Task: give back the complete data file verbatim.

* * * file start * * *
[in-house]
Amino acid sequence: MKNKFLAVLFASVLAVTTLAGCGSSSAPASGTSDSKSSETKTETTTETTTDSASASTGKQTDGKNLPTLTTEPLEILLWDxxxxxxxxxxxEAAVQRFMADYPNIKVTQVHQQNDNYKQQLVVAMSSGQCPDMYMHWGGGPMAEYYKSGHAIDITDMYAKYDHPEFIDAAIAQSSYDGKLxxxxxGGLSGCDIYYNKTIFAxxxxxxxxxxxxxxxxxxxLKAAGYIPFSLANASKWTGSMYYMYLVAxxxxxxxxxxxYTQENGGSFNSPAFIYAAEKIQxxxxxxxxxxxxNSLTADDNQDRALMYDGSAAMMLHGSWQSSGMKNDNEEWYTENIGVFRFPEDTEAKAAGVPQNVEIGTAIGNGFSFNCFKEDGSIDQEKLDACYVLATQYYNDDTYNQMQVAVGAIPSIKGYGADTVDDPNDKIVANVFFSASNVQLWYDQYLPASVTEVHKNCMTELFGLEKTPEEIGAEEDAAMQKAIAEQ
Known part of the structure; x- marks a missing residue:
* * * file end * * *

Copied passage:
[in-house]
Amino acid sequence: MKNKFLAVLFASVLAVTTLAGCGSSSAPASGTSDSKSSETKTETTTETTTDSASASTGKQTDGKNLPTLTTEPLEILLWDxxxxxxxxxxxEAAVQRFMADYPNIKVTQVHQQNDNYKQQLVVAMSSGQCPDMYMHWGGGPMAEYYKSGHAIDITDMYAKYDHPEFIDAAIAQSSYDGKLxxxxxGGLSGCDIYYNKTIFAxxxxxxxxxxxxxxxxxxxLKAAGYIPFSLANASKWTGSMYYMYLVAxxxxxxxxxxxYTQENGGSFNSPAFIYAAEKIQxxxxxxxxxxxxNSLTADDNQDRALMYDGSAAMMLHGSWQSSGMKNDNEEWYTENIGVFRFPEDTEAKAAGVPQNVEIGTAIGNGFSFNCFKEDGSIDQEKLDACYVLATQYYNDDTYNQMQVAVGAIPSIKGYGADTVDDPNDKIVANVFFSASNVQLWYDQYLPASVTEVHKNCMTELFGLEKTPEEIGAEEDAAMQKAIAEQ
Known part of the structure; x- marks a missing residue: